Saint Bonaventure Monastery
Location Name: Saint Bonaventure Monastery (Detroit, Michigan)
Location Type: Monastery (Catholic)
Year Completed: 1883
Architect(s): Peter Dederichs
Saint Bonaventure Monastery was established by the Capuchins in 1882 to minister to the needs of the area’s Catholic clergy and churches. They set up a temporary home in Mount Elliott Cemetery (located across Mount Elliott Avenue from the current structure) while their permanent home was constructed. Architect Peter Dederichs was chosen to design the Gothic Revival chapel, built in red brick with Trenton limestone trim. In 1883 the structure was complete. In Detroit, the Capuchins are most noted for their relief work to help those in need, and the life and work of Venerable Father Solanus Casey.
The Capuchins found that their services were needed in ever increasing demand during the devastating effects of the Great Depression in the 1930s. In 1931 the Capuchins at Saint Bonaventure extended their ministry to include emergency relief activities. Their soup kitchen, still in operation today, fed as many as 3,500 free meals a day during the height of the economic chaos of the 1930s. Despite its well-deserved role of helping those most in need, a visit to the monastery today focuses on another story, that of their own Father Casey.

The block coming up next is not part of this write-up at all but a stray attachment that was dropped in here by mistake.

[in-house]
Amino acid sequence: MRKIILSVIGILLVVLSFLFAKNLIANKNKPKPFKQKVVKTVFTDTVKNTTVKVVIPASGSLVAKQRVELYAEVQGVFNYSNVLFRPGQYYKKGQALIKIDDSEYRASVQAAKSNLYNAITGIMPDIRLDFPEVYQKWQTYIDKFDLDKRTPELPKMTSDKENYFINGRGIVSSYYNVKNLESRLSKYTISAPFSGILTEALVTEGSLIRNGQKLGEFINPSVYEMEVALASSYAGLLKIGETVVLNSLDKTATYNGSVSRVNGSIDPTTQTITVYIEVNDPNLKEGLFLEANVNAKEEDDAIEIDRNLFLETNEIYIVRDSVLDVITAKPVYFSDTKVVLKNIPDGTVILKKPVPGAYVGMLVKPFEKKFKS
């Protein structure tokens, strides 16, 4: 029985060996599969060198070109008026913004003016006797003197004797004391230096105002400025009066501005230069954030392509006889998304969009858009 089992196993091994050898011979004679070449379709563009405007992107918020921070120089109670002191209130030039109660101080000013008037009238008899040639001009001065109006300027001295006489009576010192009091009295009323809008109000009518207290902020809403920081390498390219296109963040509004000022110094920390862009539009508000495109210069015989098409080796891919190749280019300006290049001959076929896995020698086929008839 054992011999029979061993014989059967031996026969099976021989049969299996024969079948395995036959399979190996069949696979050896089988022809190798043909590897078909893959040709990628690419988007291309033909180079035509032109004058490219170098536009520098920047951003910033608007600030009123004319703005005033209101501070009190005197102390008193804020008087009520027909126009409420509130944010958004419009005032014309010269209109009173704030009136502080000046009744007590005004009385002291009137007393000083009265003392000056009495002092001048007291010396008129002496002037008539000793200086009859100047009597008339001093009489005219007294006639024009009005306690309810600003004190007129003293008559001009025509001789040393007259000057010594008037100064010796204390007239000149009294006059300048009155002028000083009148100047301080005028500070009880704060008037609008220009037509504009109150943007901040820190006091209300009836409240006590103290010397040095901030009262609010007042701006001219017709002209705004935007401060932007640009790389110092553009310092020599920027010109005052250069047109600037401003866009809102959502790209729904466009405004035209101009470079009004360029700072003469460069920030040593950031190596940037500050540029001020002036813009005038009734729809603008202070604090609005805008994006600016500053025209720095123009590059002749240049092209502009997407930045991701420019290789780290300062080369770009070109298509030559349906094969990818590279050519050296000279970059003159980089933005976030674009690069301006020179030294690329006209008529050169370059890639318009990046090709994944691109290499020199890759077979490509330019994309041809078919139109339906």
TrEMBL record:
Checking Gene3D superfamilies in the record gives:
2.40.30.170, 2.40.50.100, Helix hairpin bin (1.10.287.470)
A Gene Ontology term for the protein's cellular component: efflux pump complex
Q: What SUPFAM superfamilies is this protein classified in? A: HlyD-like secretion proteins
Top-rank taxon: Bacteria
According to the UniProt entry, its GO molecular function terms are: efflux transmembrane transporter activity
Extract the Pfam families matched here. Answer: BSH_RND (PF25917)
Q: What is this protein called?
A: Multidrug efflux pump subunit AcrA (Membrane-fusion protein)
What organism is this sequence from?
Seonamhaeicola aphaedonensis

Father Casey came to Saint Bonaventure in 1924 and served there until 1946. A Capuchin friar whose assignment was that of a porter, Father Casey was devoted to his faith and his community until his death in 1957. Many people claimed astonishing healings as a result of his prayers, and after his death, continued claims of healing through his intercession have launched the cause for his sainthood. In 1995, Pope John Paul II declared Father Casey worthy of veneration. If officially canonized by the Church, he would become the first American-born male to be recognized as a saint.
As part of Saint Bonaventure’s effort to serve the memory of Father Casey, the Solanus Center opened adjacent to the chapel in 2002. The center strives to be a place of pilgrimage, healing, reconciliation and peace. Visitors can learn of the life and legend of Father Casey as well as visit his tomb. While the case for his beatification is still being considered, the story of Detroit’s own Father Casey continues to draw people from around the world to Saint Bonaventure.
Saint Bonaventure Monastery was listed on the National Register of Historic Places in 1982.Sources